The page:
Evangelista sits at the biggest desk in the biggest office. In the desk is a copy of an essay his seventeen-year-old daughter, Dana, wrote about heroism when she was fourteen, in which she declared, "I will forever regard my father as my true hero." The words "You can Run but you can't hide" slide endlessly across the screen of Evangelista's computer when it's on but he isn't using it. In the distance behind the computer rises the granite face of the Queens House of Detention, with its many small, impenetrable windows.
THERE are perhaps 3,000 bounty hunters working in America today. They recover a majority of the people who jump bail each year. One bounty hunter recently became a specialist in locating deadbeat fathers. Another beguiled a fugitive with a phony certificate of presidential amnesty. A man from Arizona traveled to West Hollywood and posed as a rabbi to get an elderly mother to reveal the whereabouts of her son. A New York bounty hunter had a holding cell built into his motor home. A woman from New Jersey went to Atlanta, put on a hat and gloves, and attended a church service in order to handcuff a fugitive minister sweating at his pulpit.
Evangelista's cases are often strange and dicey. He has told me of approaching a fugitive who lay in bed waiting for him, a high-gloss black wig listing on her head and a samurai sword under her pillow. He has watched a fugitive's children scurrying to bury their father beneath dirty laundry. Once a fugitive zipped himself into a portable plastic closet; Evangelista noted the minute respiratory expansion and contraction of the closet walls. He has watched a fugitive fill his boat's cabin with propane rather than sign the boat title over to the bondsman Evangelista represented; Evangelista had given up arguing and called the cops and gone home when the explosion lit the dock and leveled the adjacent sailboats like a big hand (the fugitive was killed). Once he broke into the padlocked room of a professional car thief and found, amid tumbled pristine car-stereo equipment and scores of master-key rings, four steering columns mounted on heavy wooden blocks: practice sets. For two solid months two years ago about half the fugitives Evangelista caught declared they'd found Jesus and thanked him. Once Evangelista went into twenty crack houses looking for one guy. He has negotiated crack houses whose clustered booby traps included pits with glass-blade-embedded floors concealed beneath carpeting, and trip wires (of extremely fine fishing line) that released pit bulls or spring-loaded maces. In insular communities mobs sometimes try to kill bounty hunters; Evangelista once escaped a mob the police could barely contain. On several occasions, approaching the door of a staked-out house, he has felt the hollow, chilly tip of an undercover cop's service revolver against his neck.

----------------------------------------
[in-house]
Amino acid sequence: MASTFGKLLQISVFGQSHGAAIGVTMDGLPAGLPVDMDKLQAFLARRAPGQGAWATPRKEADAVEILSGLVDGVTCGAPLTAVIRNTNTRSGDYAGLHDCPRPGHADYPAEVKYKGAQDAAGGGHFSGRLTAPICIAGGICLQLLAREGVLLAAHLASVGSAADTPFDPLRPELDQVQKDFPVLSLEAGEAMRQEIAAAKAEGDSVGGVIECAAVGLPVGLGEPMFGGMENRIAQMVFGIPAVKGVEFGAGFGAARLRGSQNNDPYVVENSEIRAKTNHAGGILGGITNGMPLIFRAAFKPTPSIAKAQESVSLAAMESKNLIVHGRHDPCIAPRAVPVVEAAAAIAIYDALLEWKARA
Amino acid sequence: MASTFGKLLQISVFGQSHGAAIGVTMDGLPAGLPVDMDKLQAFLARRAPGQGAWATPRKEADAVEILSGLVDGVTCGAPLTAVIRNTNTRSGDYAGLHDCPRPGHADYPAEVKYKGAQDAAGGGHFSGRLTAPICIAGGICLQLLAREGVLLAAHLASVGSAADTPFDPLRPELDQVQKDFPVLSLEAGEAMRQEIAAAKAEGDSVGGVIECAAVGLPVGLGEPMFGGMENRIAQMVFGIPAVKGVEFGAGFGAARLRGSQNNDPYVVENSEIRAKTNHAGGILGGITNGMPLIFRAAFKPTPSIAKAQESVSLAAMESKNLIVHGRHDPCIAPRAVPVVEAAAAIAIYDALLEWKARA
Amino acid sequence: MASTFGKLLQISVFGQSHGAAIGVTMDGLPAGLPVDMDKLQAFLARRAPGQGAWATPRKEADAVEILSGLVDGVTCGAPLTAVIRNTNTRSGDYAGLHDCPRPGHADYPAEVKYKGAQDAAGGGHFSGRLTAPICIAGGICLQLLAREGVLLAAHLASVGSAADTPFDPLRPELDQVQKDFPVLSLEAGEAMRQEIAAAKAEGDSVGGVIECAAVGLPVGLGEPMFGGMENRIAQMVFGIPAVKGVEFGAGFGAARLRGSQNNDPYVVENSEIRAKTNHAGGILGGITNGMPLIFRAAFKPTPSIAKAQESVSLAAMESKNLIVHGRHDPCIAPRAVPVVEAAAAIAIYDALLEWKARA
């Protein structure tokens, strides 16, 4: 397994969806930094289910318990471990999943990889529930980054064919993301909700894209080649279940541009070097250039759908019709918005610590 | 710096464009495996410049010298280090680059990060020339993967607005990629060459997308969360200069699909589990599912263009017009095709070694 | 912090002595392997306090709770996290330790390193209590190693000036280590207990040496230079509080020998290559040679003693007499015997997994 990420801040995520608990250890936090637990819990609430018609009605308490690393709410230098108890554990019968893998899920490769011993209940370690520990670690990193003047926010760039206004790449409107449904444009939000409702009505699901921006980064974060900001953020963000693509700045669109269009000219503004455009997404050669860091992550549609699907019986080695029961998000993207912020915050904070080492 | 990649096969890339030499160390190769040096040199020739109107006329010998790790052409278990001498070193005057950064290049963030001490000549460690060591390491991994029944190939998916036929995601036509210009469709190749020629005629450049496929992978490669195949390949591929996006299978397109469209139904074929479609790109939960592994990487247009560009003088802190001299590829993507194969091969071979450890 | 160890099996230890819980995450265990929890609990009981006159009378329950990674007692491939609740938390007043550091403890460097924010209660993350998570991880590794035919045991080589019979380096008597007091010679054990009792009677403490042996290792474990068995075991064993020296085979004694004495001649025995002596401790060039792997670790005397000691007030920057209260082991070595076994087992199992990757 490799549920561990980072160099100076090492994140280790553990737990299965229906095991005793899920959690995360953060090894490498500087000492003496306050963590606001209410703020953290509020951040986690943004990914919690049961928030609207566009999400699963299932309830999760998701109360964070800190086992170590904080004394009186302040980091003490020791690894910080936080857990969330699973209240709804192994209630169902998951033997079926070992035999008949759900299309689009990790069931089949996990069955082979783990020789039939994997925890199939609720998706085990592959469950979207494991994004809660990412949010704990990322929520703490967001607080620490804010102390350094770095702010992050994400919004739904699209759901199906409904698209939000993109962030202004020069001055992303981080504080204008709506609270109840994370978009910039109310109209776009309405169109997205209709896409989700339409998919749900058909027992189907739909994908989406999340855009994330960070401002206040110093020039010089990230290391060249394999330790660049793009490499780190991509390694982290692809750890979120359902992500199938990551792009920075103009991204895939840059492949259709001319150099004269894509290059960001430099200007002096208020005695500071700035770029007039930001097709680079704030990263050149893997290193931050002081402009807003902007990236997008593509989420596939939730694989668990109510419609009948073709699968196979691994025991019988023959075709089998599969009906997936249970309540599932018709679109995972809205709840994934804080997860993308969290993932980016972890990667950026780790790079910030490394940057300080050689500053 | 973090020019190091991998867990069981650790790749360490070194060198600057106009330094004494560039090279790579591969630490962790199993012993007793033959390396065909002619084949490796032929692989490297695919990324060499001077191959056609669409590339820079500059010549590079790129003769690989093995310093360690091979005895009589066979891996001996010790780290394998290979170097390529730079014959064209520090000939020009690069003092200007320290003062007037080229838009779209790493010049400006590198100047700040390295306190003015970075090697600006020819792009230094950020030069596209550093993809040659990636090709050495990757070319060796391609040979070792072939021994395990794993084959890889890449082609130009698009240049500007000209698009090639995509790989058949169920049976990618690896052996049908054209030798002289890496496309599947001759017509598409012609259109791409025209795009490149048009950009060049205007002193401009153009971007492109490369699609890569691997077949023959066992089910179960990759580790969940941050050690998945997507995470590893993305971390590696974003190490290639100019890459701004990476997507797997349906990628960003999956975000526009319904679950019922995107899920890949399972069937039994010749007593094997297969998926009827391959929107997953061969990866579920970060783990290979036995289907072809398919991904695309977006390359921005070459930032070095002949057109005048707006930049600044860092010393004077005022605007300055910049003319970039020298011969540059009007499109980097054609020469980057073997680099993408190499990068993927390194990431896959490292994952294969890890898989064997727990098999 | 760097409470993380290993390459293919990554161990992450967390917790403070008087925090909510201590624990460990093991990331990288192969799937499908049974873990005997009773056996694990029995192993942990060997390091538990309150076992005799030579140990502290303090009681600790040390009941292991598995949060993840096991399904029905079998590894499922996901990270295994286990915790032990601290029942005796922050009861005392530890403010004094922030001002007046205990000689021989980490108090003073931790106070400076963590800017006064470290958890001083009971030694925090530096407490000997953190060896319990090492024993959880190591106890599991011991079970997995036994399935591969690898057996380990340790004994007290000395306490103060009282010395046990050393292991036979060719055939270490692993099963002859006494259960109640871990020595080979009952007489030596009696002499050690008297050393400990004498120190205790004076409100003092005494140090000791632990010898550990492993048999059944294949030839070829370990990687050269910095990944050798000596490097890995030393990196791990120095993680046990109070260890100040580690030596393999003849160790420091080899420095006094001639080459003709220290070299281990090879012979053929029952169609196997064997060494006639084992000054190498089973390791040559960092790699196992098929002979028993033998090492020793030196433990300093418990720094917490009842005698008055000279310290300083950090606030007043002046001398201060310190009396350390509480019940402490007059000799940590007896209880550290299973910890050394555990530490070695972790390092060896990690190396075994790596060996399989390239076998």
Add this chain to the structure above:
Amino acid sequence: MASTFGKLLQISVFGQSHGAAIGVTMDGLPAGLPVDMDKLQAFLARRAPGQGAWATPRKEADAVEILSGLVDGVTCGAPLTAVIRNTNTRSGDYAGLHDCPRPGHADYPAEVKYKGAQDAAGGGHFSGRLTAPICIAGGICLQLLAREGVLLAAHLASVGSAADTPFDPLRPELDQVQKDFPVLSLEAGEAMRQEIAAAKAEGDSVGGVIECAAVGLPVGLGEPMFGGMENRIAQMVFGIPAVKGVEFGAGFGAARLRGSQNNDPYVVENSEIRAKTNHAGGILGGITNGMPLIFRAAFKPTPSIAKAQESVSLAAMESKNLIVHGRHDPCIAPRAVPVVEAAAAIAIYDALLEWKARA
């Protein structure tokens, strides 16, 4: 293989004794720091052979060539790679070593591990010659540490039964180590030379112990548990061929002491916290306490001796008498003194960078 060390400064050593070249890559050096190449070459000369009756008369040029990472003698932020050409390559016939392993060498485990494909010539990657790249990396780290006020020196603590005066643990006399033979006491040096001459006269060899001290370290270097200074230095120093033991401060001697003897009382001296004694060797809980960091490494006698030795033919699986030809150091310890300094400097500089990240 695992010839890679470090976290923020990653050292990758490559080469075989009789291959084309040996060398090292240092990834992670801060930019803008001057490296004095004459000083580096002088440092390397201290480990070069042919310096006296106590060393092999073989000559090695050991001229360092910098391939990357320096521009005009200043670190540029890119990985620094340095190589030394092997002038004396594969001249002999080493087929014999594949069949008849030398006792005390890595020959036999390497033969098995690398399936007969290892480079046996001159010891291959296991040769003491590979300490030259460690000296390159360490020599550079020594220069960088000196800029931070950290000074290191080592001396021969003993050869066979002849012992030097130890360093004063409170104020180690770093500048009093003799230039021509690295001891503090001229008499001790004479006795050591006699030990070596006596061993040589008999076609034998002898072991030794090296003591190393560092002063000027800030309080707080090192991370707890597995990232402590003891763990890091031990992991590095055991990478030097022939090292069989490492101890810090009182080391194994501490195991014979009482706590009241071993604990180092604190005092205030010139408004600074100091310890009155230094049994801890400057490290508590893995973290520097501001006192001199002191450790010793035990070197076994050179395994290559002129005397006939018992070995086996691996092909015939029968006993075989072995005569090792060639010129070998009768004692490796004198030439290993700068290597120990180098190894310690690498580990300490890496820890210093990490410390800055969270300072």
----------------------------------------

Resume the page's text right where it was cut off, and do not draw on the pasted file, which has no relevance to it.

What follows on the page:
Here are some of Evangelista's many investigative precepts. Scan cell-phone conversations just after someone has denied knowledge of a fugitive's whereabouts -- the person will probably try to brief the fugitive. Never go after a guy as he's entering his house -- let him go in and feel the peace of his sanctuary for a few minutes, and then knock on the door. Take a drug addict when he's in the deepest depths of sleep, usually around noon. Never forget what an excellent source of detailed personal information trash is -- if a fugitive's addresses are stale or questionable, begin surveillance in the garbage. Be respectful and polite whenever possible, and do not abandon this manner when making threats involving financial or legal action. Page a fugitive (a high percentage depend on beepers) using a special tracing service called a trap line, which immediately yields the location of the phone used to return the page (the fugitive gets a generic message telling him the person he's calling is unavailable).
Also, avoid complicated confrontations like brawls and shoot-outs and car chases at all costs -- if you can't isolate and surprise a fugitive, go home and try again another day. Remember that behavior tends to be repetitious, and concentrate on human connection -- serious illness and significant holidays and pregnancy and sexual desire and the vulnerability of small children all draw fugitives to their families and friends and lovers. If a fugitive takes prescription drugs, search his last known residence for pill bottles, noting the pharmacy address and refill date (collaborating with the pharmacist, who can stall the fugitive by telling him his prescription won't be ready for a few hours, is always a possibility). If financial desperation may be distorting a fugitive's thinking, or if he might be particularly gullible, send him an advertisement-like card telling him he has won something, such as an expensive TV, and how to claim it. (The most famous episode of this kind of baiting, Evangelista says, was orchestrated by the U.S. Marshals Service, several years ago. The story goes like this: a high-level Mafia boss who had flipped agreed to pretend that his son was getting married. He sent invitations to fifty East Coast bosses and their families. The Marshals Service created a lush phony wedding, at which the bride and the priest and the best man were all marshals. The event unfolded lullingly, its true nature finally revealed in the reception hall by the best man, who toasted the groom and then asked the guests not to move, as the many patient, smoothly tailored marshals drew their guns.)